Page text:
First Step to Citizenship? Often, Learning English

Sep 24, 2014

Under the best of circumstances, the path to U.S. citizenship for immigrants can take years.

But as WMRA’s Andrew Jenner reports, the longest journey often begins with the language barrier.

Juan Alvarez remembers his first few days in Harrisonburg:

JUAN ALVAREZ:  Muy difficultoso!

He came alone a little more than a year ago. He didn’t know a soul, nor a word of English. When he was preparing to leave Cuba, he’d felt ready; but actually being in this strange new place – that was different.

ALVAREZ: [Begins speaking in Spanish]

TRANSLATOR: I didn’t know my way around, I didn’t know anyone, I couldn’t talk with anyone. What my ears were hearing was a completely different language, I didn’t know what people were saying, I couldn’t talk to anyone. So I was shut up inside my house, thinking, with lots of thoughts going around in my head, and you start to feel sad, to get depressed.

Alvarez began taking English classes through a local nonprofit, Skyline Literacy.

[Sounds of English class in background]

His English teacher, Raul Jorrin, is also originally from Cuba.

RAUL JORRIN: For all the foreigners who come to this country, it’s essential to master the English language. It’s the only way they can be part of the society, of the community.

According to the U.S. Census Bureau, more than 7,000 people in Harrisonburg and Rockingham County are not fully fluent in English. In addition to Skyline Literacy, the Career Development Academy at James Madison University and Massanutten Technical Center also offer English classes for adults. Together, the three enrolled about 1,000 students looking to improve their English last year. Sandy Rinker, assistant director of adult programs at Massanutten Technical Center, describes its approach to English instruction:

SANDY RINKER: Our instructional process is based on life skills, which to us is very important. It allows an individual to know how to go to a school and meet a teacher, or to go to the grocery store and work with cashiers, or go to the hospital. Those are everyday types of experiences that everyone has to deal with.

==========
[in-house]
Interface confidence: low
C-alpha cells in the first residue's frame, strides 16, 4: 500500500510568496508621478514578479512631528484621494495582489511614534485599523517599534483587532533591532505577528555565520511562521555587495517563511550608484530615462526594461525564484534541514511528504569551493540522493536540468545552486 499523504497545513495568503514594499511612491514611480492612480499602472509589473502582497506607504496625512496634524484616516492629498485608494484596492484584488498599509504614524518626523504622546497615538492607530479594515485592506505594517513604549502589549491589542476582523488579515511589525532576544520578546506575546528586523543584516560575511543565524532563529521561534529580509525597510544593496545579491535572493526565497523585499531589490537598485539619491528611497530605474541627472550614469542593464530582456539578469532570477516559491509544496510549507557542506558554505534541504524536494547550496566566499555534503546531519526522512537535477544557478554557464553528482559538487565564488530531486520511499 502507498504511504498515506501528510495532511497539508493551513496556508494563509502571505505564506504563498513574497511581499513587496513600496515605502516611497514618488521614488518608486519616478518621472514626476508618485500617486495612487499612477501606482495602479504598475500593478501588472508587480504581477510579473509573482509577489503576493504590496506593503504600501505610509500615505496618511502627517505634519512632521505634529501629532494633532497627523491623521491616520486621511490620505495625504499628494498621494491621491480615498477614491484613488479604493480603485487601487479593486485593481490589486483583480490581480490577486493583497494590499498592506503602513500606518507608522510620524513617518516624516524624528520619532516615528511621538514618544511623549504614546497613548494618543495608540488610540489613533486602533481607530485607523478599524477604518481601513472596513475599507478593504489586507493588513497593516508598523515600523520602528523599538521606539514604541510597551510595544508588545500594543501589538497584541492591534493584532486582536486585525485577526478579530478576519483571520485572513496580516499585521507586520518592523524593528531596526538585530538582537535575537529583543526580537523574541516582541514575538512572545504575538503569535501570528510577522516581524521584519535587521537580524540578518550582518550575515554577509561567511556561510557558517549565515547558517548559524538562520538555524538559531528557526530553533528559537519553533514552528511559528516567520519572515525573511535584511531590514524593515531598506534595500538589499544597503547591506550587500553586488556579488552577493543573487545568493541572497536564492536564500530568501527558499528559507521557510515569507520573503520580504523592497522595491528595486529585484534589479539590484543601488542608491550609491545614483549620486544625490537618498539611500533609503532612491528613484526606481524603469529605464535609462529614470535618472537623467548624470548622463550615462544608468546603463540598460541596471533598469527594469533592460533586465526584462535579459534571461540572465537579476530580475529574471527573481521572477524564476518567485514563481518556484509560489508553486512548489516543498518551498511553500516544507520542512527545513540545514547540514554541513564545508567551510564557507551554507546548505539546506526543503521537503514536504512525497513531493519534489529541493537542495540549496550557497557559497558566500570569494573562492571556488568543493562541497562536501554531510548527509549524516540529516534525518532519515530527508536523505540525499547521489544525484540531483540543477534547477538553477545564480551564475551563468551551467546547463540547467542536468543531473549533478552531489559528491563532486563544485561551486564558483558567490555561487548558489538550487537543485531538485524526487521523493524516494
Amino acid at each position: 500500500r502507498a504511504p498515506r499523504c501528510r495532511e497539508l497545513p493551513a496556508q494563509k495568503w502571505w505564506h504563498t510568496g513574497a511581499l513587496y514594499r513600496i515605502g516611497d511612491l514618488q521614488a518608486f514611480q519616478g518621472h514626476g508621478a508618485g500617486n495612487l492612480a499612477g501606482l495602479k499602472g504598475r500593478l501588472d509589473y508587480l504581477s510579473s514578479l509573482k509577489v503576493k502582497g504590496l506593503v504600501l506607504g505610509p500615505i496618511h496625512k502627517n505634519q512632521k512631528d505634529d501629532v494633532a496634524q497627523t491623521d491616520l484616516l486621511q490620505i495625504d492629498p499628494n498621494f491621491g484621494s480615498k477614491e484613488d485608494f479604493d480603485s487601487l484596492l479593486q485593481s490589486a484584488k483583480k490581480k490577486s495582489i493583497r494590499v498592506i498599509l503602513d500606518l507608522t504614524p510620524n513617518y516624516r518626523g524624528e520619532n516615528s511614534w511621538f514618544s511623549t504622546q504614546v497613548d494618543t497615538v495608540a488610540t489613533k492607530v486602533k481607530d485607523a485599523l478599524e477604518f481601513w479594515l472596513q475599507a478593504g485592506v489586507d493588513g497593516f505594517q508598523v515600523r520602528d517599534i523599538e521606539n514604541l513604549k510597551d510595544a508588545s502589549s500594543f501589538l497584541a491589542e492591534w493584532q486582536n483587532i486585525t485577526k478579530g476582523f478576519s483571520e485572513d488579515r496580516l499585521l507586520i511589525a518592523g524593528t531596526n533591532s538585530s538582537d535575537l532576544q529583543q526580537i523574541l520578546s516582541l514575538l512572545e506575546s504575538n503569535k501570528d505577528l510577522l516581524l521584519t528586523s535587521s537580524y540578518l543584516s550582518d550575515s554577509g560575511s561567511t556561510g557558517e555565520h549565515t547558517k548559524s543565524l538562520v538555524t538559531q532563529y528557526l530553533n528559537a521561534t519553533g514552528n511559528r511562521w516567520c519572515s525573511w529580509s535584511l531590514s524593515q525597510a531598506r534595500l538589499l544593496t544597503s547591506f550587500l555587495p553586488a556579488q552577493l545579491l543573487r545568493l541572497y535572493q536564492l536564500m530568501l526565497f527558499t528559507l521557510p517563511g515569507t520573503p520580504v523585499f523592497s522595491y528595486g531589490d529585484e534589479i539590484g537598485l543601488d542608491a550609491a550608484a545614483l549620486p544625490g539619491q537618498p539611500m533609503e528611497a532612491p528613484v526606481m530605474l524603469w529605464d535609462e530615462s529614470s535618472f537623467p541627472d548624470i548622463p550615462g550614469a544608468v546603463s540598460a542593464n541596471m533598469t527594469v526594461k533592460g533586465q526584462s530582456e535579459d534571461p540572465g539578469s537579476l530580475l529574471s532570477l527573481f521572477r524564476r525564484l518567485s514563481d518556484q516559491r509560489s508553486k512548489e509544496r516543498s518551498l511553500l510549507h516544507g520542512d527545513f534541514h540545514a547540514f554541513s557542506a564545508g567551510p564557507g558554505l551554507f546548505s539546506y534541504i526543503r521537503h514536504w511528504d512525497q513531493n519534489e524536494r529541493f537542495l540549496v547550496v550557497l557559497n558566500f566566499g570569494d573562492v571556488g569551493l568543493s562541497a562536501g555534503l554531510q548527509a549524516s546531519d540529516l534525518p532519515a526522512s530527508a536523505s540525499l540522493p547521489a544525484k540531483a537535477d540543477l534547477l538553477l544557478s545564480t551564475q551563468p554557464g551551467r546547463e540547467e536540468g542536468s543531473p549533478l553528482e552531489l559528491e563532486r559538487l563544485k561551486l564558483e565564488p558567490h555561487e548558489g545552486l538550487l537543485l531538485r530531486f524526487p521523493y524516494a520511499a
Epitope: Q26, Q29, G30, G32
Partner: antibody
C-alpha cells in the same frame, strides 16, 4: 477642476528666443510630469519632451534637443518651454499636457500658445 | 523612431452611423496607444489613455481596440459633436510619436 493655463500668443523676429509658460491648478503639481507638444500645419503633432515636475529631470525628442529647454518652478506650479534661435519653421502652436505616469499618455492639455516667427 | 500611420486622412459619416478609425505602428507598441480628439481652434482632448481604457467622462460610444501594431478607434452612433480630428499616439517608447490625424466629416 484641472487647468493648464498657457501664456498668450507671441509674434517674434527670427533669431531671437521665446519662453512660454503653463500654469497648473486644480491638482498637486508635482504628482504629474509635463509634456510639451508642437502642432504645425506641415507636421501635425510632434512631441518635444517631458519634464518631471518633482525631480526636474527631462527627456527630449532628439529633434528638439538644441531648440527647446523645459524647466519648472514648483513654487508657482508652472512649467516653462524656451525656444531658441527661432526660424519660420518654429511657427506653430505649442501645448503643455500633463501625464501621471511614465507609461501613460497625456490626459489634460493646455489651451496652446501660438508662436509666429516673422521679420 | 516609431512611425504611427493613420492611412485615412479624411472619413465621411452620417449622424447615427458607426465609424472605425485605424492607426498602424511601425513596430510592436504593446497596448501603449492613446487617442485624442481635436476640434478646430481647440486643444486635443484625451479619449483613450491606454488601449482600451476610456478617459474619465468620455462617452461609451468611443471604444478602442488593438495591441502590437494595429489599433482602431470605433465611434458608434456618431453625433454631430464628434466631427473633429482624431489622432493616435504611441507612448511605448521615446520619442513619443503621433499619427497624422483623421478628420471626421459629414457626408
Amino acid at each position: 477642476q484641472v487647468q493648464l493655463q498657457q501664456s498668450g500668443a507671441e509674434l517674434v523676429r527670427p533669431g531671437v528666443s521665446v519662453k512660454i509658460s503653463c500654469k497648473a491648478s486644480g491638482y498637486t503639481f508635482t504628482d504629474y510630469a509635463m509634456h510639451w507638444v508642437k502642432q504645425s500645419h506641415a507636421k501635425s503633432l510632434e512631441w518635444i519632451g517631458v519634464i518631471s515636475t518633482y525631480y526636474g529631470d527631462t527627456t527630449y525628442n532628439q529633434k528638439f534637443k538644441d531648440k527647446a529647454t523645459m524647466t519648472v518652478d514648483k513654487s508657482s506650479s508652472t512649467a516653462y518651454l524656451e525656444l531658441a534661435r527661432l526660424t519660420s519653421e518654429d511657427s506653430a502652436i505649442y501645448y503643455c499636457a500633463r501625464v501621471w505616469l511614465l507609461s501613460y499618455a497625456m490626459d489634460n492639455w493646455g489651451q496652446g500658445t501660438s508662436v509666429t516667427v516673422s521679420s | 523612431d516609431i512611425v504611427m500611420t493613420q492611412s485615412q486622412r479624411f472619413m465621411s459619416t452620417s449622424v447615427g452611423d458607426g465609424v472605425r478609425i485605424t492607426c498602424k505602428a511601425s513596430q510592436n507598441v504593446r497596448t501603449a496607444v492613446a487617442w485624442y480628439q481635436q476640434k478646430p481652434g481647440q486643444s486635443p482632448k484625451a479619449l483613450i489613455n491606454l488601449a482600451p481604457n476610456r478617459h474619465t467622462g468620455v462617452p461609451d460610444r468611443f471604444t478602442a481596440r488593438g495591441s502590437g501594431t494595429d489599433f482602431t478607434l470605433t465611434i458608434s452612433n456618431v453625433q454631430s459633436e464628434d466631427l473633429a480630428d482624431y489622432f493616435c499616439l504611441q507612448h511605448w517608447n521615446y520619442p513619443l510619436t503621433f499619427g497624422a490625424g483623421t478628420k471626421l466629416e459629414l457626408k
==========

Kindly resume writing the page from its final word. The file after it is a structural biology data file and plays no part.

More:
After more than a year here, Alvarez’s English has come a long way.

ALVAREZ: I have seven sisters and four brothers.

That’s him describing the family he left behind in Cuba, where he worked as a chemist for a mining and mineral company. After it shut down, he applied to the government for a new job but was black-balled, he says, because he had joined the Jehovah’s Witnesses. Altogether, he was without regular work for five years, during which time he decided to leave.

ALVAREZ: [Begins speaking in Spanish]

TRANSLATOR: I had written to the embassy telling them about my case, they processed me, and that process took years, until finally I was approved.

And so, Alvarez, now 48 years old, came alone to Virginia in search of new opportunity. He works at the Cargill plant in Dayton, and has applied for permanent residency status. It’s a first step toward eventually becoming an American citizen – a goal that will take him at least several more years to reach. In the meantime, day-to-day life has gotten considerably better since he first arrived.

ALVAREZ: This city is very … calm. Very good.

Two mornings a week, he’s there in English class with his textbook open in front of him, working hard to make his new life here a little bit easier.

[Sounds of English class in background]

This is Part One of a six-part weekly series on the path to citizenship for immigrants in Virginia.